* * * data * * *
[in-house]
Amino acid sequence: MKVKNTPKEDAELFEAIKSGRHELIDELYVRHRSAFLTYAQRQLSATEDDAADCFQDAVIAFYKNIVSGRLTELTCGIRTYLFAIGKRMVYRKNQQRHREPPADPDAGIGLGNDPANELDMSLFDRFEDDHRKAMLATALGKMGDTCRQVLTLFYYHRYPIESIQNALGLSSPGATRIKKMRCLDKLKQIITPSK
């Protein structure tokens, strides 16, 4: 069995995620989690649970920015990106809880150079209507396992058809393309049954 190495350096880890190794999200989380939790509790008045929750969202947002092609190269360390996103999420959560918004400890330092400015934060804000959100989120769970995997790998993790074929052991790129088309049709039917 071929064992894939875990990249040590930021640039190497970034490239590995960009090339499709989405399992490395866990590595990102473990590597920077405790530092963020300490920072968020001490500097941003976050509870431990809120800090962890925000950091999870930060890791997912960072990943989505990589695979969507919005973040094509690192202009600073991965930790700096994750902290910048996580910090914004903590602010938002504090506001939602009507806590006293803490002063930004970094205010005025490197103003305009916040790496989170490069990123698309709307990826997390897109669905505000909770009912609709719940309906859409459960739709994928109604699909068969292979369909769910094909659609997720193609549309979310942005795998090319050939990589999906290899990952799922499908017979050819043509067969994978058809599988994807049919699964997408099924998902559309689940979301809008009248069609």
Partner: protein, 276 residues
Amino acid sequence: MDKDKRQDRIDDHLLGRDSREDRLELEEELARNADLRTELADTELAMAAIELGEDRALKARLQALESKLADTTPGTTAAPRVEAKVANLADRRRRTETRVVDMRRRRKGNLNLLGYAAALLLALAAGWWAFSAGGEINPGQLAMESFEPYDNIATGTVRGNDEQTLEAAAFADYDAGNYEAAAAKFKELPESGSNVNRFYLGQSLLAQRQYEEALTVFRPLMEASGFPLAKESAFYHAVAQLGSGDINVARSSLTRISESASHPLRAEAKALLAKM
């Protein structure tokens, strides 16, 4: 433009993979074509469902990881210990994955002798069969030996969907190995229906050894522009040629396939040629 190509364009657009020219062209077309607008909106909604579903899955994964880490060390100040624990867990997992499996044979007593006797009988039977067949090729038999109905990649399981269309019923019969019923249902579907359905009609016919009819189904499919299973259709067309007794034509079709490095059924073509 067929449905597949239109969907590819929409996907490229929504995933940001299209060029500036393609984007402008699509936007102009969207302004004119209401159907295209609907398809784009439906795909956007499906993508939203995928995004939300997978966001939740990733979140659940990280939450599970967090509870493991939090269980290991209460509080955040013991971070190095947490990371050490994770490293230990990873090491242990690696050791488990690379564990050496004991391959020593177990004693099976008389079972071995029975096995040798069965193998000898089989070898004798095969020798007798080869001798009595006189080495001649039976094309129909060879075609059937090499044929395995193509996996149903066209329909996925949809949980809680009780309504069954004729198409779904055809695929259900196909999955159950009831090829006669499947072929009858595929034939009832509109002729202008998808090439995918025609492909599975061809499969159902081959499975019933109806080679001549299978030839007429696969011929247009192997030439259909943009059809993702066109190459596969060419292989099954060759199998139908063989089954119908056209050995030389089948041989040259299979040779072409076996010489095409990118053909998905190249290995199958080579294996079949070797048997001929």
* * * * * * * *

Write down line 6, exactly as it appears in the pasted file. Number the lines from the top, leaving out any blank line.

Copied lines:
């Protein structure tokens, strides 16, 4: 433009993979074509469902990881210990994955002798069969030996969907190995229906050894522009040629396939040629 190509364009657009020219062209077309607008909106909604579903899955994964880490060390100040624990867990997992499996044979007593006797009988039977067949090729038999109905990649399981269309019923019969019923249902579907359905009609016919009819189904499919299973259709067309007794034509079709490095059924073509 067929449905597949239109969907590819929409996907490229929504995933940001299209060029500036393609984007402008699509936007102009969207302004004119209401159907295209609907398809784009439906795909956007499906993508939203995928995004939300997978966001939740990733979140659940990280939450599970967090509870493991939090269980290991209460509080955040013991971070190095947490990371050490994770490293230990990873090491242990690696050791488990690379564990050496004991391959020593177990004693099976008389079972071995029975096995040798069965193998000898089989070898004798095969020798007798080869001798009595006189080495001649039976094309129909060879075609059937090499044929395995193509996996149903066209329909996925949809949980809680009780309504069954004729198409779904055809695929259900196909999955159950009831090829006669499947072929009858595929034939009832509109002729202008998808090439995918025609492909599975061809499969159902081959499975019933109806080679001549299978030839007429696969011929247009192997030439259909943009059809993702066109190459596969060419292989099954060759199998139908063989089954119908056209050995030389089948041989040259299979040779072409076996010489095409990118053909998905190249290995199958080579294996079949070797048997001929």